This is the fourth “full” entry in our ongoing “X-Men Foreign Policy” series, a dynamic look at the nuanced politics in the recent X titles. You can find part one here, part two here, part three here, or if you haven’t already, the handy introduction guide.
The Krakoan Flower is an incredible resource that could only exist in the pages of comic book. Yet, as noted in a previous essay, the Krakoan nation’s key natural resource does have some analogues ones in our real-world. The resource, created exclusively on Krakoa, is what the mutant island is hoping to offer to mankind in exchange for recognition, peace and a place at the table of international affairs.
Any nation capable of producing something this valuable would surely jump at the opportunity to control and distribute it. Yet, much like other natural resource rich states, there are reasons these assets may contribute to long-term problems in developing the nation’s economy. Thus, in this installment, we will consider the idea that the Krakoan Flower may be a curse to the budding mutant homeland.
International Relations theorists have long discussed why developing nations rich in natural resources have found difficulty developing as stable economies with democratic institutions. This is often referred to as the resource curse, or paradox of plenty. The concept seems counter-intuitive: how could having a wealth of natural resources be a bad thing for a country? The answer is complex, but there are a few specific reasons for this. Writing in The Atlantic, Stewart Patrick noted three reasons resources could be a curse for a state, all of which should be pressing concerns for Krakoa.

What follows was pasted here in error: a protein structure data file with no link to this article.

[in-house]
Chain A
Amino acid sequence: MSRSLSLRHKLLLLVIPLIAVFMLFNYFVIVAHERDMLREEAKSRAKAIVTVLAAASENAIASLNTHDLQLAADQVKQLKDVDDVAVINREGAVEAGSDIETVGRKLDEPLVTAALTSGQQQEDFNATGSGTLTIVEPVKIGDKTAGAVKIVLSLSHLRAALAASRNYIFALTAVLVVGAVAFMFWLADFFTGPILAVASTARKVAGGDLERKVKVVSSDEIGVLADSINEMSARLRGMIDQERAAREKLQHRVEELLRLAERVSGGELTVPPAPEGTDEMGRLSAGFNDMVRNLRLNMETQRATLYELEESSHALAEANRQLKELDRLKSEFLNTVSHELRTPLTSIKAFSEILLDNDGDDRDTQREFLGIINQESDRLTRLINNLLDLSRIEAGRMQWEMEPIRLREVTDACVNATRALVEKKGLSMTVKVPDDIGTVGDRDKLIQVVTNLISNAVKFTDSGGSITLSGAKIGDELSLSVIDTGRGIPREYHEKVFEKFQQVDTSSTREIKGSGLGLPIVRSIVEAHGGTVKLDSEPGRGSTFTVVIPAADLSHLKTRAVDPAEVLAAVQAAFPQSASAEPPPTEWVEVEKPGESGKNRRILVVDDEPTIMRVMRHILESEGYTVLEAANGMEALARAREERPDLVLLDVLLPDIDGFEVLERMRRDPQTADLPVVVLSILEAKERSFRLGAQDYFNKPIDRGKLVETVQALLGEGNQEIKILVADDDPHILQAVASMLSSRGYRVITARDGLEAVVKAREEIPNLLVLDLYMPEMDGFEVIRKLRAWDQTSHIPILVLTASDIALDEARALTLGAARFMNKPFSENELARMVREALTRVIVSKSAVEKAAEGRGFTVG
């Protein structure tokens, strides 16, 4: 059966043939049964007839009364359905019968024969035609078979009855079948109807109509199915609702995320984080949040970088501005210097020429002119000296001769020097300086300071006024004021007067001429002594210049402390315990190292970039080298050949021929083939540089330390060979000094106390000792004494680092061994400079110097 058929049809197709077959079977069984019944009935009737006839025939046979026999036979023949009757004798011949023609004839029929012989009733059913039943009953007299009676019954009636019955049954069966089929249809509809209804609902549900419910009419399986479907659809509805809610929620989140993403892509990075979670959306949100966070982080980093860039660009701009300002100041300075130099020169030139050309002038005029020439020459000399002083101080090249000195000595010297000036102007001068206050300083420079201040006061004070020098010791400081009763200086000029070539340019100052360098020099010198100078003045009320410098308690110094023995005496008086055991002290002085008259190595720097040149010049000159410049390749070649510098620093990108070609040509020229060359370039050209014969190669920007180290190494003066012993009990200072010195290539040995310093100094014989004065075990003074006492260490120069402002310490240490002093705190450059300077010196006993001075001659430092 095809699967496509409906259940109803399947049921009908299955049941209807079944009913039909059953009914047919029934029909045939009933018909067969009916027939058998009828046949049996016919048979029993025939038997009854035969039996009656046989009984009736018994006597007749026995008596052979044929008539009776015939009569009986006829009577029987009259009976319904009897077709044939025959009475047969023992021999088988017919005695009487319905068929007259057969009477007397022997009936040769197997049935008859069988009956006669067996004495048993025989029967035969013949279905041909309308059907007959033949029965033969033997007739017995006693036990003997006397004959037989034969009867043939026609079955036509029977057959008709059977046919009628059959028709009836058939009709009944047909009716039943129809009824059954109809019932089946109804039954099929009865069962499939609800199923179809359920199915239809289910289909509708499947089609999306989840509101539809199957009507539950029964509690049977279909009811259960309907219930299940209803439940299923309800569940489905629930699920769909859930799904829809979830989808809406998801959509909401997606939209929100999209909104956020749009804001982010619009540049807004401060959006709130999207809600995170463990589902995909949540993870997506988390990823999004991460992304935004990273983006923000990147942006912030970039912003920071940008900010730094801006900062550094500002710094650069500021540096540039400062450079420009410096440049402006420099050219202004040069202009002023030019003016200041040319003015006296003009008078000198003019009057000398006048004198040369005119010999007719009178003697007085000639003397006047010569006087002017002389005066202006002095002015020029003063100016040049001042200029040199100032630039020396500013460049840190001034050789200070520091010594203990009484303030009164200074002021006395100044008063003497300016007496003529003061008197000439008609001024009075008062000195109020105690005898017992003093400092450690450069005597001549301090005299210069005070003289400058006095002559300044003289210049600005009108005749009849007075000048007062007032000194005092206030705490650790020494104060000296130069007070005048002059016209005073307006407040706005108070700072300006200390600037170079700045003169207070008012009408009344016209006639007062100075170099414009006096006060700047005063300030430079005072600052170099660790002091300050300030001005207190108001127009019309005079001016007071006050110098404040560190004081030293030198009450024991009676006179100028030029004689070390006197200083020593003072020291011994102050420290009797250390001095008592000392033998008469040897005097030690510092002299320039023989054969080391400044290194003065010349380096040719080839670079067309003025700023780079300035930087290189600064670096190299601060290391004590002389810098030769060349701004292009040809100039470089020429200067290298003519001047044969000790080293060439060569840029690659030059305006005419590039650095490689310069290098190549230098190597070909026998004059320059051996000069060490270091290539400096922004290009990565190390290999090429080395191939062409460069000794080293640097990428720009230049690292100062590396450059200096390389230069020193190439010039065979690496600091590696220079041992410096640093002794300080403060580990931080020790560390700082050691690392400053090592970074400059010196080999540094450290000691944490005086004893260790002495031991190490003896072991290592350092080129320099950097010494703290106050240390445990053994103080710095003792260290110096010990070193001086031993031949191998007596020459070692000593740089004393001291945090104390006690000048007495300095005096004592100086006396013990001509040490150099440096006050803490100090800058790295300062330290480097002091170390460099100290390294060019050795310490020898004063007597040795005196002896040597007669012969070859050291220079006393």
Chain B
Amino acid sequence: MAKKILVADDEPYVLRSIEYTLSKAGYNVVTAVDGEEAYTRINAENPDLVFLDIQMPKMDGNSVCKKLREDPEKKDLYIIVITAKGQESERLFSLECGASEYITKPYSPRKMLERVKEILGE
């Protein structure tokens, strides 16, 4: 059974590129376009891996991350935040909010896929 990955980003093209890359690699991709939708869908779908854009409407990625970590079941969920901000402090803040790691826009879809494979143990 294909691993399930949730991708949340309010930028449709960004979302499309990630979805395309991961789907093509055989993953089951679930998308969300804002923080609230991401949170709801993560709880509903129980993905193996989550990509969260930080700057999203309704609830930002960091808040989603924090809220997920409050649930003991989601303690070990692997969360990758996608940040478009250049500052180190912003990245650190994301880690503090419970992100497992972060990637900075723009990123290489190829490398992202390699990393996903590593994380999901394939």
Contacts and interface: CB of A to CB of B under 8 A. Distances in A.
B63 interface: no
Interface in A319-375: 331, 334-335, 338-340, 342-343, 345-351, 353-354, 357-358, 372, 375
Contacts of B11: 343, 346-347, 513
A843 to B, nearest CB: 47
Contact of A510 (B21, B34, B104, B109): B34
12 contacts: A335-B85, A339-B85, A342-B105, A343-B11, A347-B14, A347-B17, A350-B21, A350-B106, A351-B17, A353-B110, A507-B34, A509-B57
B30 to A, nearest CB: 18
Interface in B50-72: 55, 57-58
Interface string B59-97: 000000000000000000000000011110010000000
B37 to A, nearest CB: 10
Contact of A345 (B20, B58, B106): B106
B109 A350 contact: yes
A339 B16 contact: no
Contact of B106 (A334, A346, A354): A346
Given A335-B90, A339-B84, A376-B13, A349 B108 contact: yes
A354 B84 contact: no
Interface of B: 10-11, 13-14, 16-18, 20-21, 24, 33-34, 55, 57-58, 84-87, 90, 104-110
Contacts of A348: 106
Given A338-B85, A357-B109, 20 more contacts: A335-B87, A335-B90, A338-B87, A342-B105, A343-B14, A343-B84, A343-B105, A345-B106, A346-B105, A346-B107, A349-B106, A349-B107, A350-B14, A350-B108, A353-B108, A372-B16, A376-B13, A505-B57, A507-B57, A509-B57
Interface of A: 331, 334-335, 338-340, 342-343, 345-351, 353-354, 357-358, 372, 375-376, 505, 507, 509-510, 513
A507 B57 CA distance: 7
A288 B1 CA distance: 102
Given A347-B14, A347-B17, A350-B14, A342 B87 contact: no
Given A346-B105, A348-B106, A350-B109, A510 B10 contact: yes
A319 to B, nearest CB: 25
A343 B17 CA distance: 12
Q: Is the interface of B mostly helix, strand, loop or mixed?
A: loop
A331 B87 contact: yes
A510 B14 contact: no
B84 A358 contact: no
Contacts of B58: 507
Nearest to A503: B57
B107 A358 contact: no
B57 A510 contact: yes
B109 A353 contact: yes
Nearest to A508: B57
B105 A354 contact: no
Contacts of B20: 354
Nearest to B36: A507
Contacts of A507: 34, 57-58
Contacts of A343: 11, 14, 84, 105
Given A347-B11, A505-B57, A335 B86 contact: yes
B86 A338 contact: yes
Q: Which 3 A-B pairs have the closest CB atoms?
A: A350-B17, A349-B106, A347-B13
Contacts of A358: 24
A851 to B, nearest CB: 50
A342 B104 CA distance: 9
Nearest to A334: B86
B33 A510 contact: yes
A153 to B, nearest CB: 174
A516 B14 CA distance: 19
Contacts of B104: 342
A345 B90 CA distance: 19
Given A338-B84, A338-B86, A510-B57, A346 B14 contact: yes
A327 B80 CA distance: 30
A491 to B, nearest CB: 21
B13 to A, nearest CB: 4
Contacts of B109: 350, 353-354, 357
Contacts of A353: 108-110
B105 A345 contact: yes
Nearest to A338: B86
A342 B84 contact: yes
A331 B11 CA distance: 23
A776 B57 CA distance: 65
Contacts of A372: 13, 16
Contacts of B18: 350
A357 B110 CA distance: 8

1. Authoritarianism and Dependence on a Single Resource
Again, we will use oil for a logical stand-in for the Krakoan flower. Patrick notes that “easy resource revenues eliminate a critical link of accountability between government and citizens, by reducing incentives to tax other productive activity and use the revenue to deliver social services effectively.” Currently, there does not seem to be elections for those selected as leaders of the nation. Most shockingly, Professor Xavier appears to be the richest man in the world and the named recipient of that wealth. This calls into question how responsible Krakoa’s leaders are/will be with this incredible wealth.
As their nation is still in a celebratory post-independence state, its inhabitants may be willing to overlook the fact that their islands wealth is controlled by a single man or an un-elected body of decision makers. Xavier, Magento and Apocalypse all have a history of authoritarianism at some point in their character’s history; it is not a stretch to think the Krakoan flower may foster that attitude in these leaders as time progresses.
2. Civil War in Resource Rich States
The United Nations noted how societies with great natural resources often result in divided, rebellion prone states: